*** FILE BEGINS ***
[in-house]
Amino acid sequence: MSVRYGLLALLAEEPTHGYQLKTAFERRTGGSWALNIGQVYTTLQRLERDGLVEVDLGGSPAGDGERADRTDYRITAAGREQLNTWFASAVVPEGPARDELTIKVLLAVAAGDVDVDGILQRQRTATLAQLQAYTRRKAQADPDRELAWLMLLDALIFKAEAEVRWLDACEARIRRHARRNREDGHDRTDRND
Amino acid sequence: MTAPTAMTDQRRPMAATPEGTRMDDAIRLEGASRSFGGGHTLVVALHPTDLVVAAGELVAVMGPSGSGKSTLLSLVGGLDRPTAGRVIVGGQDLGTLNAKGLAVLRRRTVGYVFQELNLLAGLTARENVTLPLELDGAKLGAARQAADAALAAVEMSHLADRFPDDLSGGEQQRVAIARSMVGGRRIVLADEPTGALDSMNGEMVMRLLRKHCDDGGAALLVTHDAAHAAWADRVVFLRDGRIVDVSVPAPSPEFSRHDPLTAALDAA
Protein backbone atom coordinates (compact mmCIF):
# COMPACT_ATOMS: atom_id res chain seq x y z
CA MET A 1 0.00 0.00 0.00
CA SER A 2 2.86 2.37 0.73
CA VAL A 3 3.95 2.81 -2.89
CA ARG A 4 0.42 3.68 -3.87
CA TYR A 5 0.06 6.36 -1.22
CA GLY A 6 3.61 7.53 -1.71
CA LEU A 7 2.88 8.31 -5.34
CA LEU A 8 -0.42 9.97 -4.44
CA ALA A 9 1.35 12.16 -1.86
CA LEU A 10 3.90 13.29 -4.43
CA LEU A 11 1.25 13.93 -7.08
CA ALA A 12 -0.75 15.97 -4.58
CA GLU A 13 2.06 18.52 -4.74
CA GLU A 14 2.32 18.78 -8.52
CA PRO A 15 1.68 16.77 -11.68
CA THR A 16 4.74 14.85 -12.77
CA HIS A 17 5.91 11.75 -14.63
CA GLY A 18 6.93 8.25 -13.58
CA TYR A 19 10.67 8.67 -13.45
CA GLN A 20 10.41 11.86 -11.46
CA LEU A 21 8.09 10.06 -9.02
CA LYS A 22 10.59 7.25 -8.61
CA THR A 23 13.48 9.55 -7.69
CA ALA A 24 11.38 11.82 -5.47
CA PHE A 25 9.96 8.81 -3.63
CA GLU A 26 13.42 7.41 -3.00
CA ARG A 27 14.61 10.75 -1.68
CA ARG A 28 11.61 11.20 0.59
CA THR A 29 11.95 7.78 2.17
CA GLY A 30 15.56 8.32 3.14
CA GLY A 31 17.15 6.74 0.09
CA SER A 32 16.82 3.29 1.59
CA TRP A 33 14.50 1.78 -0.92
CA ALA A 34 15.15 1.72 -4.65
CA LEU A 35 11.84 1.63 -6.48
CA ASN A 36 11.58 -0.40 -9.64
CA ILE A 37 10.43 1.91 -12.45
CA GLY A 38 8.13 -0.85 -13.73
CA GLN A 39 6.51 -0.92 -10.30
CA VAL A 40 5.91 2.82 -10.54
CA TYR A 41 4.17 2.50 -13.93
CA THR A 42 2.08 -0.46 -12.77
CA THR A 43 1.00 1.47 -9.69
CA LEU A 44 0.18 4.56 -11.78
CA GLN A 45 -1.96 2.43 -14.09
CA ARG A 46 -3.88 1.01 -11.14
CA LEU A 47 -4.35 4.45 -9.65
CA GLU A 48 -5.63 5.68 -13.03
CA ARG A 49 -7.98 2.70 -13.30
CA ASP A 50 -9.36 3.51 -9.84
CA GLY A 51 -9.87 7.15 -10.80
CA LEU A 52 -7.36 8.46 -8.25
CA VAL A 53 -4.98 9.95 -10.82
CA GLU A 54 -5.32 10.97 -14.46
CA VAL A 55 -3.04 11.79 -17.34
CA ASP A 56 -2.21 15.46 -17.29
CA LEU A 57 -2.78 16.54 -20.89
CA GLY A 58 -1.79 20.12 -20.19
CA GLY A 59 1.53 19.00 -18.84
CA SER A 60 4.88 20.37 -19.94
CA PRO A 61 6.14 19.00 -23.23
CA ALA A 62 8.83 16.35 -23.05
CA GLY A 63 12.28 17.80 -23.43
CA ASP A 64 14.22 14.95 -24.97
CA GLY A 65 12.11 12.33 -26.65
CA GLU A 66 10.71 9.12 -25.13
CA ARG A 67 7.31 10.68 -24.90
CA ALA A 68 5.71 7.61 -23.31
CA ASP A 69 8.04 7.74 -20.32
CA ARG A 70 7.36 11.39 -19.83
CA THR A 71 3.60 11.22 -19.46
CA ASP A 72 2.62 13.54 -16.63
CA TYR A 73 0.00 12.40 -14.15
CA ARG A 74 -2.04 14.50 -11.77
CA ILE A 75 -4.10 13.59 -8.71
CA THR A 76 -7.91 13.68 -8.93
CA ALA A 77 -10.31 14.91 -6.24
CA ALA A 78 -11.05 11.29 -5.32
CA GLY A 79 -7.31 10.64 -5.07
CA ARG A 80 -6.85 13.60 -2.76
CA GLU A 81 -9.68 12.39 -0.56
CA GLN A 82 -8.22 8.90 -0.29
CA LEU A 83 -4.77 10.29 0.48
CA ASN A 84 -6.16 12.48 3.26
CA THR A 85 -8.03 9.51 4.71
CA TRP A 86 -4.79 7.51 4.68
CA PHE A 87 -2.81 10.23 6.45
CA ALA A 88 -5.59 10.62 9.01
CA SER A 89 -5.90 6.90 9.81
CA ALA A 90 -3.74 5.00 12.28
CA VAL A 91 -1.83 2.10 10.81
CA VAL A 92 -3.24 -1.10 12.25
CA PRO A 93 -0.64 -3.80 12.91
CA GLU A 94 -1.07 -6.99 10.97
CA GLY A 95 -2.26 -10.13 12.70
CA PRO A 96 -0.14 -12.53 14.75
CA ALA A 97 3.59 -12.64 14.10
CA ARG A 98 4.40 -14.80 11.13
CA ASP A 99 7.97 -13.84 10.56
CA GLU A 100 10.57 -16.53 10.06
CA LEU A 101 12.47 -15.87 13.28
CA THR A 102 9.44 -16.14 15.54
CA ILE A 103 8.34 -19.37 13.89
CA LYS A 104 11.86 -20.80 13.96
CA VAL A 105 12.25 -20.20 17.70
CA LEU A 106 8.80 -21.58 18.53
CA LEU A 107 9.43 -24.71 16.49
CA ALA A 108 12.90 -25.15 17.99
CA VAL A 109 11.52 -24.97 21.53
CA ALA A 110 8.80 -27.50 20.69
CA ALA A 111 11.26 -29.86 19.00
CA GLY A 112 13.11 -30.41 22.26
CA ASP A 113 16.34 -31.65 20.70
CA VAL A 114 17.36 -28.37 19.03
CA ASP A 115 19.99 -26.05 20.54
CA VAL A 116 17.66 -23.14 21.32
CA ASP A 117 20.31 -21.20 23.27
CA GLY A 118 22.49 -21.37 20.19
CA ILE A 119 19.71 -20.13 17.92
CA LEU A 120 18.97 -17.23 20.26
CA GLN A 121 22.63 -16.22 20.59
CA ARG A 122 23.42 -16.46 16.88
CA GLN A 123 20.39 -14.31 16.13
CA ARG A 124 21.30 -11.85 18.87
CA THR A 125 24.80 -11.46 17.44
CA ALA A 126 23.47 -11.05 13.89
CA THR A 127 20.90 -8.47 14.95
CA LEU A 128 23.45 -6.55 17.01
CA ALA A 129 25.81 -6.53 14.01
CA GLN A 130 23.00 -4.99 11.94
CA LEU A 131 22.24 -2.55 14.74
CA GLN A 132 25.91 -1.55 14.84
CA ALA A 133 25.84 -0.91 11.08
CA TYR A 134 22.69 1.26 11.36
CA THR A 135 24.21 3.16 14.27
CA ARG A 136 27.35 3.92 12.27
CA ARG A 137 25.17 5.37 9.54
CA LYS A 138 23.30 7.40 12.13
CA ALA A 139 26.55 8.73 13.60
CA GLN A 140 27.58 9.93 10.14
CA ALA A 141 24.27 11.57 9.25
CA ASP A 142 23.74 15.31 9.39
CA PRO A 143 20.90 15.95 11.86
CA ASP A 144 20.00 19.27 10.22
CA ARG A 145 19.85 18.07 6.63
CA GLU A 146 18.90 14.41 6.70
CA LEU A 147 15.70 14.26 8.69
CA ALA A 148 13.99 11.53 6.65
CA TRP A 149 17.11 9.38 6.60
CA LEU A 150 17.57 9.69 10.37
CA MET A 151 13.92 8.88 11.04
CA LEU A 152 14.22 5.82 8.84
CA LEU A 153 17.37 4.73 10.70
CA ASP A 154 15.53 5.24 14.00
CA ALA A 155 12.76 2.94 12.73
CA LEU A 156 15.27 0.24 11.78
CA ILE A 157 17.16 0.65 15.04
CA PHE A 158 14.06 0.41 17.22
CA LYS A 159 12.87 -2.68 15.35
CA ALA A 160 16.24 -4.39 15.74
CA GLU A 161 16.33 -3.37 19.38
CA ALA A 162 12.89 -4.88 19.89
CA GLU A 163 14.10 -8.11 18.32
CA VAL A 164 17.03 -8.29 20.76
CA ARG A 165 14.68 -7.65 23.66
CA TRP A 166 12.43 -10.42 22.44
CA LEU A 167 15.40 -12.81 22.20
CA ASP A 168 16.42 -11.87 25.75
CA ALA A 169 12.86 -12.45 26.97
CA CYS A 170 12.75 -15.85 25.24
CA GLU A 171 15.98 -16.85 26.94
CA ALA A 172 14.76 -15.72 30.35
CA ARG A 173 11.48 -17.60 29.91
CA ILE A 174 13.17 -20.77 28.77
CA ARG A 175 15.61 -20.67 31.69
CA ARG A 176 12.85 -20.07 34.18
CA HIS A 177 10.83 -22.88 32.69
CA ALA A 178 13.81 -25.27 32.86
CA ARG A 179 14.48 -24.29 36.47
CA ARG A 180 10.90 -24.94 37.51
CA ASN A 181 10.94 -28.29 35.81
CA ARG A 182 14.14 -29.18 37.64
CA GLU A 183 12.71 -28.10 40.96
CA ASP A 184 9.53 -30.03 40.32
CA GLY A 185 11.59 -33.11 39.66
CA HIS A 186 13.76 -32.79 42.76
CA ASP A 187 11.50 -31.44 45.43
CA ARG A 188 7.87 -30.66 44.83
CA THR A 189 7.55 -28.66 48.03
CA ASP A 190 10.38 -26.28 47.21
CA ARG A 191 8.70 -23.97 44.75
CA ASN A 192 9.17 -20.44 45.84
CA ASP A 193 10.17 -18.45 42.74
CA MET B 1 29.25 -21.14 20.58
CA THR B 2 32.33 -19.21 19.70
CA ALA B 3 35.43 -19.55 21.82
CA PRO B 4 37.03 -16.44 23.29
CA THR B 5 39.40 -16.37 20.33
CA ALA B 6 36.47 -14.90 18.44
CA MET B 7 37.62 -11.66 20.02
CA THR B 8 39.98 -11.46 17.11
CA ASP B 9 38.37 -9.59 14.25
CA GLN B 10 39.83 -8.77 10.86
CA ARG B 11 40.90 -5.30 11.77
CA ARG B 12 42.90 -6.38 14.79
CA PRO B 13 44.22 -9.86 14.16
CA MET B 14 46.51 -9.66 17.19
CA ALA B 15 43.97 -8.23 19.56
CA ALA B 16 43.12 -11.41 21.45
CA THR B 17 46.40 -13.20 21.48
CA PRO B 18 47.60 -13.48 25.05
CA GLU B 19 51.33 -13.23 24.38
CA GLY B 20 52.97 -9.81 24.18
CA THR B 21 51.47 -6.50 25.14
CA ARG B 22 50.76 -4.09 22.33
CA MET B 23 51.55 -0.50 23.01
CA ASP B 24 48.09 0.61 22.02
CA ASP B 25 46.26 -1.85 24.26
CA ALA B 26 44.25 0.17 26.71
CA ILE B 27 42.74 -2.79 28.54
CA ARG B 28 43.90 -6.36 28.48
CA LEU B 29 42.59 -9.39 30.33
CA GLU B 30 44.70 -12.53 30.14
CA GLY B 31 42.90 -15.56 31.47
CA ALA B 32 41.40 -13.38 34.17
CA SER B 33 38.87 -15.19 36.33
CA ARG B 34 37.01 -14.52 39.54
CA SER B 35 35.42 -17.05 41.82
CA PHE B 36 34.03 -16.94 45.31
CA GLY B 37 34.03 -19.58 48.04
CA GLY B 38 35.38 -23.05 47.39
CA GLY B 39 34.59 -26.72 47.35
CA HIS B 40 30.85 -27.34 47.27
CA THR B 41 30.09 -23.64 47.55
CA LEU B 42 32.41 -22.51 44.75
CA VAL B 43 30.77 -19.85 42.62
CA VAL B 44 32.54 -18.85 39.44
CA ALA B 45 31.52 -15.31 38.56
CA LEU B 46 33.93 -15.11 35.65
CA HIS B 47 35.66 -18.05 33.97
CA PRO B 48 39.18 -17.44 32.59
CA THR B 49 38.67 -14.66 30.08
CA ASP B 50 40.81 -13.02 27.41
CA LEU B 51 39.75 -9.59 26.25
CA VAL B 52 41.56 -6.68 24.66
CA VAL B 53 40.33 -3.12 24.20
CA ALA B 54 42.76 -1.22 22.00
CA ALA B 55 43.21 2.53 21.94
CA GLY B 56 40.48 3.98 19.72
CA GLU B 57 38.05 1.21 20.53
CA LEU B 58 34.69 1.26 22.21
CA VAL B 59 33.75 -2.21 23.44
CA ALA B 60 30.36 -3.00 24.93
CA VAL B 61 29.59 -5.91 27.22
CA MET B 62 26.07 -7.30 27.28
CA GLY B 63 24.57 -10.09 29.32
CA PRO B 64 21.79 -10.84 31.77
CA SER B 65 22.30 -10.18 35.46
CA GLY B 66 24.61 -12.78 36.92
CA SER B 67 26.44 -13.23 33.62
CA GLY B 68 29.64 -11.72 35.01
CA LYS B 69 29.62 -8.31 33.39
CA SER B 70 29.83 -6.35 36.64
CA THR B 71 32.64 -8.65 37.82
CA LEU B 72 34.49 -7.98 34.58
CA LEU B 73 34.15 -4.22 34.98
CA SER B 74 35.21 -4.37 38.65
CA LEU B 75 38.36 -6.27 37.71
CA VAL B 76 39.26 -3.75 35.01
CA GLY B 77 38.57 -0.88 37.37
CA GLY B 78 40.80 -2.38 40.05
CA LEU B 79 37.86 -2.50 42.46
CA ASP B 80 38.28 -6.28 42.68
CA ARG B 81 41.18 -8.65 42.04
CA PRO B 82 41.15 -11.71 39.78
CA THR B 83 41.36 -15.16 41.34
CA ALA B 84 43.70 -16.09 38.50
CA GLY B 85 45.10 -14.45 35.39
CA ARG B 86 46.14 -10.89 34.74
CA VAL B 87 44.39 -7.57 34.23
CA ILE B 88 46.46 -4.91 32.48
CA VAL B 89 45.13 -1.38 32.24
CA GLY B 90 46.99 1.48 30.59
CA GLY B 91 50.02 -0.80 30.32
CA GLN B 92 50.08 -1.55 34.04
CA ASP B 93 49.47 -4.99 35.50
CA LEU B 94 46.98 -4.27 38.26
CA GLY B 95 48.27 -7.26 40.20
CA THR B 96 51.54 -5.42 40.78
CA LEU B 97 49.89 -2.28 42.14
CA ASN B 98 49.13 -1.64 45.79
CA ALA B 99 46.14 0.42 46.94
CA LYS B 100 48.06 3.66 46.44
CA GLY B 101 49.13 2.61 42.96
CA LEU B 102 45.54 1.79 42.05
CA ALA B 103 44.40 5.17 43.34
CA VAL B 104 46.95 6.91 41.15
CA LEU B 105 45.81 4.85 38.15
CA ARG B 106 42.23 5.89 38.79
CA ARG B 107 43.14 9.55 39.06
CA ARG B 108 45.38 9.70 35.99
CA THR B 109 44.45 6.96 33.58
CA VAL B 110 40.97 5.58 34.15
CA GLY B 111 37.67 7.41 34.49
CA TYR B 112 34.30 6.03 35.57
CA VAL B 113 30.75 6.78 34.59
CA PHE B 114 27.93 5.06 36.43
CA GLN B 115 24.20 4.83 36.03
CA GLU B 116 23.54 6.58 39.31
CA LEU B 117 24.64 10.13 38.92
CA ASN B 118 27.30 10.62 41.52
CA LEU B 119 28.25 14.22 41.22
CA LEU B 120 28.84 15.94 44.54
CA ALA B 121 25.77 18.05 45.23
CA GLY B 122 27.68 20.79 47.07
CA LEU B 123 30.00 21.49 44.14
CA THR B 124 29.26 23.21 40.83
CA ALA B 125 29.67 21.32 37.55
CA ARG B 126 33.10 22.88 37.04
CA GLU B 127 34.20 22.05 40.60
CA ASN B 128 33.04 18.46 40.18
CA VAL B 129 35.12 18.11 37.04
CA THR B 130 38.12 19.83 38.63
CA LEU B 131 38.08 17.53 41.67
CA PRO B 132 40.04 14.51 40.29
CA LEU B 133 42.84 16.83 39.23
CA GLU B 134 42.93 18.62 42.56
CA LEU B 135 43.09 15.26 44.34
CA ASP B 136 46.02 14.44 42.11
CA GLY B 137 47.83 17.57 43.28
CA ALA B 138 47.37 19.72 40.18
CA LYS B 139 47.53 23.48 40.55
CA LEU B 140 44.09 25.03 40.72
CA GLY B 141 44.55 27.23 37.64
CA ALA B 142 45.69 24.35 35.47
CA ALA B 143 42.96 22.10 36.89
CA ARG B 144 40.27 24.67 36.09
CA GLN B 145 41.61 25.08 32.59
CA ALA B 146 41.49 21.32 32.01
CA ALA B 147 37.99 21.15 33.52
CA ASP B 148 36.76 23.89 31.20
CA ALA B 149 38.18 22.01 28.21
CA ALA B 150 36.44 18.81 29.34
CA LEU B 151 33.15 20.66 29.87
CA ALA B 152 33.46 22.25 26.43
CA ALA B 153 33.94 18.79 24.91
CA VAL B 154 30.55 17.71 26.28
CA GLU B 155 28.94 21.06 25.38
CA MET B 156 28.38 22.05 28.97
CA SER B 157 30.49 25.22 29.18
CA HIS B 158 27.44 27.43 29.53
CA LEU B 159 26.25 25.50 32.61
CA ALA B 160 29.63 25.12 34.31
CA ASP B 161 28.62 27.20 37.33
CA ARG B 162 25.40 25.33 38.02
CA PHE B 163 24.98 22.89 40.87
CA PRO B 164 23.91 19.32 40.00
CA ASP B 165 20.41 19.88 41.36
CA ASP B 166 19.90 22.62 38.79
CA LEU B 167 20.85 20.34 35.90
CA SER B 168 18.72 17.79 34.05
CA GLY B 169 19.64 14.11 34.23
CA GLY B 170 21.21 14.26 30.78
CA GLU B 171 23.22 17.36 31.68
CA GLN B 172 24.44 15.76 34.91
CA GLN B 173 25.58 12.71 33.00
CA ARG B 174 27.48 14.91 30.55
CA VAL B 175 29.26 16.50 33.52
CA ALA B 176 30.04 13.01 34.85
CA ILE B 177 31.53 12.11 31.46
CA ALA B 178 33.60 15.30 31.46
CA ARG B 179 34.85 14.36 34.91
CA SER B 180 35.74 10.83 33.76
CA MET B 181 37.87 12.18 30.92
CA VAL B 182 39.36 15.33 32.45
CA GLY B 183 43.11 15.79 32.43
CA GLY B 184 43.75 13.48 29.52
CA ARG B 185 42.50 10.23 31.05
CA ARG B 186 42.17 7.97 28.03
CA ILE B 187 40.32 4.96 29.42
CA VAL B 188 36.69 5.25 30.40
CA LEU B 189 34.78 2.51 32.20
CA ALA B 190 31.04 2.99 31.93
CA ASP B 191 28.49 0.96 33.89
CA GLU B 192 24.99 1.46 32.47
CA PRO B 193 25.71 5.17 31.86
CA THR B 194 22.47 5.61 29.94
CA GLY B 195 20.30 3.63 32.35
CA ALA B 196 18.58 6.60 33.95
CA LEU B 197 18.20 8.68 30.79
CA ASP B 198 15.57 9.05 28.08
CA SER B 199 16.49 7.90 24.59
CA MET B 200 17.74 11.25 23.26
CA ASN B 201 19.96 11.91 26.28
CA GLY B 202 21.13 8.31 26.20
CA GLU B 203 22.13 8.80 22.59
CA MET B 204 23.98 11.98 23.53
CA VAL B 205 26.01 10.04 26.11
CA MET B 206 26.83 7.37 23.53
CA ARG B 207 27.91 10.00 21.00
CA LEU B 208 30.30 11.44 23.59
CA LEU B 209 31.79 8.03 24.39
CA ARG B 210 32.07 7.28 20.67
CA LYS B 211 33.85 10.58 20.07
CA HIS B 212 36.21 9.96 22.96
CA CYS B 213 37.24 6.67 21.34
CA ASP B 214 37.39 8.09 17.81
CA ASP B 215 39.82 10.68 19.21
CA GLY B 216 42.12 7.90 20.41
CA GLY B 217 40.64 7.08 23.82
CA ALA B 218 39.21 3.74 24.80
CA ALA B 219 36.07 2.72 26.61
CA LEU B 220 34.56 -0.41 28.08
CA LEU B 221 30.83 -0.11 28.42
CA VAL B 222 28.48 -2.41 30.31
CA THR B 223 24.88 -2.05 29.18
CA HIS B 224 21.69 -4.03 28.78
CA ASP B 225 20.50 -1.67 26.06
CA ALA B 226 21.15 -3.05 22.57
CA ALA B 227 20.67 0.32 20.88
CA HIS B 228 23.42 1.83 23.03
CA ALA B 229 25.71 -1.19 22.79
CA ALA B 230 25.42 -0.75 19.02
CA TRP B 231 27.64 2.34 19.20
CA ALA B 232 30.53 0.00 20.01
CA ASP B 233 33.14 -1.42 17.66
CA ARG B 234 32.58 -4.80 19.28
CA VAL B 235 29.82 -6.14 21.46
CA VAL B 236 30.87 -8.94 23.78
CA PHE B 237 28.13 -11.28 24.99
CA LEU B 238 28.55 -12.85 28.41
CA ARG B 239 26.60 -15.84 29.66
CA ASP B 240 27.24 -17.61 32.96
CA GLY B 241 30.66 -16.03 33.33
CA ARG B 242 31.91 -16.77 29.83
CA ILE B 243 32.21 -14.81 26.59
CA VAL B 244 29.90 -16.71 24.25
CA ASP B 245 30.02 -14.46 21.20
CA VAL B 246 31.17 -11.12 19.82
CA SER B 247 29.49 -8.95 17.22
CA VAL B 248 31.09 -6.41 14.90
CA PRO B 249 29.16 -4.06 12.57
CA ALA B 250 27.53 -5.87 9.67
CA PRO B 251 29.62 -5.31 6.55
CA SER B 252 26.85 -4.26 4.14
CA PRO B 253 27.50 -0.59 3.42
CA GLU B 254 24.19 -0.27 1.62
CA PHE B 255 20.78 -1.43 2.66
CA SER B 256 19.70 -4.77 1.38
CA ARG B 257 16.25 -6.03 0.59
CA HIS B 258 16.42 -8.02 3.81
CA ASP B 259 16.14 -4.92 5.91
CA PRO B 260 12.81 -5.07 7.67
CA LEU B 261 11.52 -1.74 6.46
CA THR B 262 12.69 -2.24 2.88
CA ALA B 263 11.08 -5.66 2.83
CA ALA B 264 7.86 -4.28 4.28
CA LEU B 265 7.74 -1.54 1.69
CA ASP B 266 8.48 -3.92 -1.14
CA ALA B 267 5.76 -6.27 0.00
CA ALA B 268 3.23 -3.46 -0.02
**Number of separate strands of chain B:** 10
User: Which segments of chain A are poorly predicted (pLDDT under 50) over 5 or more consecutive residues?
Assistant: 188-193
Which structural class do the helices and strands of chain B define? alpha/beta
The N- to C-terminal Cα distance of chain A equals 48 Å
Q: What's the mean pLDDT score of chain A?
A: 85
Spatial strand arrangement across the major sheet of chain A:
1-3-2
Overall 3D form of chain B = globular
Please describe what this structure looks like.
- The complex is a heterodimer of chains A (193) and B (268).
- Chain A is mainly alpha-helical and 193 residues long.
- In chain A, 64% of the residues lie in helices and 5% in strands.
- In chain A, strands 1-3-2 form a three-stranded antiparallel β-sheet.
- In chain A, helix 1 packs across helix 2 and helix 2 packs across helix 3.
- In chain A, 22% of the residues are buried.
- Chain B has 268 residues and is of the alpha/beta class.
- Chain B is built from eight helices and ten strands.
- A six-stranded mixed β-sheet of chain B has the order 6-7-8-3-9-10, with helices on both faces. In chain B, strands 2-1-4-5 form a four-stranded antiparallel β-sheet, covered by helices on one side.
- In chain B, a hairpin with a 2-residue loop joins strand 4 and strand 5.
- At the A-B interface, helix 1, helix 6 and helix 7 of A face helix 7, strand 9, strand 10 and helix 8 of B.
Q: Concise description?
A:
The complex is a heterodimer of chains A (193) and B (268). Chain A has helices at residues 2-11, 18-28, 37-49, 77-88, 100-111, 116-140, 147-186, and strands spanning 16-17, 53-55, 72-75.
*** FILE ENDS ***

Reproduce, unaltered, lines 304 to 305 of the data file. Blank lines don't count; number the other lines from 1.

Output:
CA ARG B 106 42.23 5.89 38.79
CA ARG B 107 43.14 9.55 39.06